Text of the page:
"69.3 per cent [of Saudi businesswomen] were very optimistic about the future outlook of their businesses and a majority expressed their determination to expand their business rather than main current levels, either through domestic expansion or regional and international market entry," said the study, jointly conducted by Al Sayedah Khadijah Bint Khuwalid Businesswomen Centre at the Jeddah Chamber of Commerce and Industry and Monitor Group, a consultancy firm based in Riyadh and Dubai.

According to the study, 72.6 per cent of the registered female-owned businesses operate outside their homes, and 92 per cent have paid employees.

However, Saudi women are less likely than businesswomen in other GCC in being involved in international trade, "with only 21.3 per cent engaged in either import, export or both activities".

"Don't wait for blue skies to be young entrepreneur," was the advice of Shaikh Hussain al Banawi, Chairman and CEO of Saudi-based Banawi Industrial Group, to Saudi women.

"Businesses wherever they are, speak one language, which is the language of numbers. You make sure you understand numbers," Banawi added.

Al Edrisi recalled how some women had struggled to read bank statements in the past. "Nearly 65 per cent of Saudi population is under the age of 25 years old, and the young generation can read numbers in a jiffy."

The importance of networking was also among the topics discussed.

"It is one of the most important things that we are not really realising the value of," prominent UAE businesswomen Farida Kamber Awadi said.

Suggested initiatives

  • Establish a ministry of Women's Affairs to monitor the implementation of related royal decree and to devise a national strategy for women's transition into the economy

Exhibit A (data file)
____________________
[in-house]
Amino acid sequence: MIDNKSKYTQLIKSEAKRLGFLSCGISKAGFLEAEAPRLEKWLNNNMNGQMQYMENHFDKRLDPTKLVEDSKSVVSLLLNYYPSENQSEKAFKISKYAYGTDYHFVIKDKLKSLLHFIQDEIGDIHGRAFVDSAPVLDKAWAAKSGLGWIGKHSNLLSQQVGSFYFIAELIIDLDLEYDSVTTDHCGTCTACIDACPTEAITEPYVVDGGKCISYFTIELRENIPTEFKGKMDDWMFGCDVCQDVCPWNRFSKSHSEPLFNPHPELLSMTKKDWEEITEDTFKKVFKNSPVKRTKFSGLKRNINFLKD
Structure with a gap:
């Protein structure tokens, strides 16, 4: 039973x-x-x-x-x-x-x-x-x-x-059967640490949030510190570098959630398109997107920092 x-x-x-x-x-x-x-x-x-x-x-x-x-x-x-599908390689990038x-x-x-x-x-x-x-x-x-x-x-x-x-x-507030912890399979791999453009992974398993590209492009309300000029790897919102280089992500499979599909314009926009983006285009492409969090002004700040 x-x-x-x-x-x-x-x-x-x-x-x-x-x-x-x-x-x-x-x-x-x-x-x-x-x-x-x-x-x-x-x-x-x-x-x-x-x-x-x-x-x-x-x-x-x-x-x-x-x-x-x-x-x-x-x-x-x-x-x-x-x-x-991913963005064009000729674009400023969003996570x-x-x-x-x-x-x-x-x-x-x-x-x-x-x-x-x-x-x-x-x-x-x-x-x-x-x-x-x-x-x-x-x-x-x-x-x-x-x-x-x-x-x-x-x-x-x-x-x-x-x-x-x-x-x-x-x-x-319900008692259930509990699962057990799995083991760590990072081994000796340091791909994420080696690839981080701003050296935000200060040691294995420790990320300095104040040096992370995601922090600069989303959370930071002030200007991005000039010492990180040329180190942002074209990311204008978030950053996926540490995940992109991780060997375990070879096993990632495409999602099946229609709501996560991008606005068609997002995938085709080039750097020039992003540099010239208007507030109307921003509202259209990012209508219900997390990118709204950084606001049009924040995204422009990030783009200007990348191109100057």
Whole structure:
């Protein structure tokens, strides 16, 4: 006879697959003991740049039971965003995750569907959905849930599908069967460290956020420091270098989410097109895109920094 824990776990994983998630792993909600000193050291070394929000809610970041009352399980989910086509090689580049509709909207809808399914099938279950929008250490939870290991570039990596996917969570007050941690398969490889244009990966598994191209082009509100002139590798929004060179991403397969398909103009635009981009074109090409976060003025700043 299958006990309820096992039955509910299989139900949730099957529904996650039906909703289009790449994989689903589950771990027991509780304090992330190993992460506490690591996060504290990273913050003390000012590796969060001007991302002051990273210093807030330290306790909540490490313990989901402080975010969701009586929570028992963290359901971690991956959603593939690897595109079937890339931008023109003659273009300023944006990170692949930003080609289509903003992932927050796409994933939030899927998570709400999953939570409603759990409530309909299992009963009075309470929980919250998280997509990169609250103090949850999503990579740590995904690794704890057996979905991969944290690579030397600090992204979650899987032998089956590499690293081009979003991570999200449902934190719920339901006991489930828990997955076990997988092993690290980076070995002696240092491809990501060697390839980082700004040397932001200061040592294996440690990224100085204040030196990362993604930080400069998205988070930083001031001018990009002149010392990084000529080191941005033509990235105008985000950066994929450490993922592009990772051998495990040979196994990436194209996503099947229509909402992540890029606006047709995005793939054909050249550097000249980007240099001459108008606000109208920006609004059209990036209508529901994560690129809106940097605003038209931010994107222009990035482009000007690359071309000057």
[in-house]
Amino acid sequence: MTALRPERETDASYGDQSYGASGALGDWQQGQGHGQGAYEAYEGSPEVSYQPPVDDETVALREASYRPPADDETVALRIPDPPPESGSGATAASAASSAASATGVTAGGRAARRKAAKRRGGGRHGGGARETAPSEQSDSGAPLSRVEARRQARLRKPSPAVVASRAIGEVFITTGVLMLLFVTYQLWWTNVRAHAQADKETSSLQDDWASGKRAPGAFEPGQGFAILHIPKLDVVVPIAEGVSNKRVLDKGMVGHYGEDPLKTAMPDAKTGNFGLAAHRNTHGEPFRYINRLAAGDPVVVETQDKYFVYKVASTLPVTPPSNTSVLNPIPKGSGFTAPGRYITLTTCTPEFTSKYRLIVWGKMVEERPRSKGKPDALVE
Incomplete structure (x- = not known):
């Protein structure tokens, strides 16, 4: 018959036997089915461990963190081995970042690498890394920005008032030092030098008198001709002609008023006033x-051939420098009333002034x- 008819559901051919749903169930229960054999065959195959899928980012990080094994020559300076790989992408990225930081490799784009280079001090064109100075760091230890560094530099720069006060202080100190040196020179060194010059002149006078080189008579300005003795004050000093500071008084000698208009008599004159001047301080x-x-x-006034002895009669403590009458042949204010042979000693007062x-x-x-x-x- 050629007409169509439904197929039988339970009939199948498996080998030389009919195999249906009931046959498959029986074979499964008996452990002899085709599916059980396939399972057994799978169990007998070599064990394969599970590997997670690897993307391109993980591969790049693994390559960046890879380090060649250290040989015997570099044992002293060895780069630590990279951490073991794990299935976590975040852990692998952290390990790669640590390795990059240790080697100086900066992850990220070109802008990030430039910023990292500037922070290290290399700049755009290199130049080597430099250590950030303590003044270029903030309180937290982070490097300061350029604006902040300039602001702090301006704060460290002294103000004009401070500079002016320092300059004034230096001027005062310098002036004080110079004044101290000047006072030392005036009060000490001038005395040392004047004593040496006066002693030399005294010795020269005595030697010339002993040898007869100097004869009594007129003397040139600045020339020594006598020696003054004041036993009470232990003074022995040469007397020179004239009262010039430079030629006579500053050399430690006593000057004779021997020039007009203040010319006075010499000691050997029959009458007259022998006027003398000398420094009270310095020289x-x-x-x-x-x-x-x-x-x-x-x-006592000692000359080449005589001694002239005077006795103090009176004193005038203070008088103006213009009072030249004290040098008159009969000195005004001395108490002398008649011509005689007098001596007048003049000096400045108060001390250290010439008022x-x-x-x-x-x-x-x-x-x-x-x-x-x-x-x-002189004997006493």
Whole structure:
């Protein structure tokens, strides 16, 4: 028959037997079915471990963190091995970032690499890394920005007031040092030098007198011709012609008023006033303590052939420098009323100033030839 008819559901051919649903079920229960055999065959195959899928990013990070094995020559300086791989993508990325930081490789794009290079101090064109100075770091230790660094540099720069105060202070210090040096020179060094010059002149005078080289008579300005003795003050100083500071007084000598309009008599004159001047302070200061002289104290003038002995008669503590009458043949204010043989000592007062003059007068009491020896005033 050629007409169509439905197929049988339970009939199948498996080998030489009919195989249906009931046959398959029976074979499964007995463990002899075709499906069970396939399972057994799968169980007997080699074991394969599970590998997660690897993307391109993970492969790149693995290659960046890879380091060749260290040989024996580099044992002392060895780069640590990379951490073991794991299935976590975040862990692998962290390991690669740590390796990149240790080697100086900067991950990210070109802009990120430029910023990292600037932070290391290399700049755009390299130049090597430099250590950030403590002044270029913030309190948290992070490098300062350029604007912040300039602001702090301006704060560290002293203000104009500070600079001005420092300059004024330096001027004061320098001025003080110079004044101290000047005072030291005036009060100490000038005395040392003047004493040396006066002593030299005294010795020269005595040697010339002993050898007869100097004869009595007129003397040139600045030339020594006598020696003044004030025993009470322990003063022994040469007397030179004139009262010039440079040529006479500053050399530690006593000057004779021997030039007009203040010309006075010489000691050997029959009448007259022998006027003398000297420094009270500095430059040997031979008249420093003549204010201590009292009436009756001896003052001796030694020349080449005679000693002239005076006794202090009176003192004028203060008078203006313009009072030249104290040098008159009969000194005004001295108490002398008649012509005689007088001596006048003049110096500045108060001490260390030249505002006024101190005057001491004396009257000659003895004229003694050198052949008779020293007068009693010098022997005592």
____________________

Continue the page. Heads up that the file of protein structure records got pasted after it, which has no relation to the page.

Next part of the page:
• Appoint female Shoura members to ensure that the interest of Saudi businesswomen and women in general are represented
  • Eliminate the requirement for women to appoint male managers in businesses that serve both sexes
  • Ease restrictions on mobility for women, in terms of public transportation, driving and international travel
  • Create registration categories for the types of businesses that are in demand by businesswomen, such as beauty salons and day-care centers, and identify the process for creating new registration categories in the future
  • Commission further research on how to increase the effectiveness of businesswomen's access to government services by improving female sections as well as the main center in government agencies.
  • Launch a nationwide public campaign to promote women's economic participation and support the implementation of existing royal decrees
  • Ease hiring practices for businesswomen in areas that require international female expertise or that is unable to be met Saudi female labor. This includes studying the possibility of granting work permits to non-Saudi women residing in Saudi Arabia on non-work visas.
  • Commission further research to understand why businesswomen rely on personal savings to finance their businesses
  • increase awareness of different business financing options and facilitate businesswomen's access to appropriate funding sources
  • Ensure lending institutions are giving appropriate incentives and operate in a regulatory environment that encourages lending to businesswomen
  • Adopt programmes to improve the visibility of female role models for female high schools and university students
  • Provide practical courses and workshops for businesswomen to improve their knowledge.

Have your say

Do you think women still face the same difficulties in the business world as they did in the past? Have men and women become equals?Or does one gender have it easier than the other? Tell us what you think at readers@gulfnews.com